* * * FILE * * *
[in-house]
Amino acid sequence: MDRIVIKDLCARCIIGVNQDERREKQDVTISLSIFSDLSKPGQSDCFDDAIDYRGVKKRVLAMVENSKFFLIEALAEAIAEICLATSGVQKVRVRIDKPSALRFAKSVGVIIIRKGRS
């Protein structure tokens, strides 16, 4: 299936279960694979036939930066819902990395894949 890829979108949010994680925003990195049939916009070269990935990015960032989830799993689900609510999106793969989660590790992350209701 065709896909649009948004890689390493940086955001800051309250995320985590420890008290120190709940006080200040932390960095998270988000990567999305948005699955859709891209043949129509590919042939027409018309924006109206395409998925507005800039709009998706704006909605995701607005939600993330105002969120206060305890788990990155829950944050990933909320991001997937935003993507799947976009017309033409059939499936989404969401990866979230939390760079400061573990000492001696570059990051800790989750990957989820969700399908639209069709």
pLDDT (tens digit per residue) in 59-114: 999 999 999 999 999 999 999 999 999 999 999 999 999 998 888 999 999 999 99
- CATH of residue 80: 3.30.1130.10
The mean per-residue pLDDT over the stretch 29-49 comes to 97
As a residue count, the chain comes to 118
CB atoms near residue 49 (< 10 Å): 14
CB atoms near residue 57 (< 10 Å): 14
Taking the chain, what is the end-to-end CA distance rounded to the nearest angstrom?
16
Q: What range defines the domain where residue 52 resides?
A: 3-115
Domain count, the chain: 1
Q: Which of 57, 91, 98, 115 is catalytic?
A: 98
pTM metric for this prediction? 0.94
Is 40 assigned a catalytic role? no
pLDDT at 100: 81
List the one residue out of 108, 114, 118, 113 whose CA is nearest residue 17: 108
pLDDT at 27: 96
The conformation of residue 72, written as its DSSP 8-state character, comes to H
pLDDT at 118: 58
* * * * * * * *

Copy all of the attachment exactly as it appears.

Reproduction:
[in-house]
Amino acid sequence: MDRIVIKDLCARCIIGVNQDERREKQDVTISLSIFSDLSKPGQSDCFDDAIDYRGVKKRVLAMVENSKFFLIEALAEAIAEICLATSGVQKVRVRIDKPSALRFAKSVGVIIIRKGRS
């Protein structure tokens, strides 16, 4: 299936279960694979036939930066819902990395894949 890829979108949010994680925003990195049939916009070269990935990015960032989830799993689900609510999106793969989660590790992350209701 065709896909649009948004890689390493940086955001800051309250995320985590420890008290120190709940006080200040932390960095998270988000990567999305948005699955859709891209043949129509590919042939027409018309924006109206395409998925507005800039709009998706704006909605995701607005939600993330105002969120206060305890788990990155829950944050990933909320991001997937935003993507799947976009017309033409059939499936989404969401990866979230939390760079400061573990000492001696570059990051800790989750990957989820969700399908639209069709």
pLDDT (tens digit per residue) in 59-114: 999 999 999 999 999 999 999 999 999 999 999 999 999 998 888 999 999 999 99
- CATH of residue 80: 3.30.1130.10
The mean per-residue pLDDT over the stretch 29-49 comes to 97
As a residue count, the chain comes to 118
CB atoms near residue 49 (< 10 Å): 14
CB atoms near residue 57 (< 10 Å): 14
Taking the chain, what is the end-to-end CA distance rounded to the nearest angstrom?
16
Q: What range defines the domain where residue 52 resides?
A: 3-115
Domain count, the chain: 1
Q: Which of 57, 91, 98, 115 is catalytic?
A: 98
pTM metric for this prediction? 0.94
Is 40 assigned a catalytic role? no
pLDDT at 100: 81
List the one residue out of 108, 114, 118, 113 whose CA is nearest residue 17: 108
pLDDT at 27: 96
The conformation of residue 72, written as its DSSP 8-state character, comes to H
pLDDT at 118: 58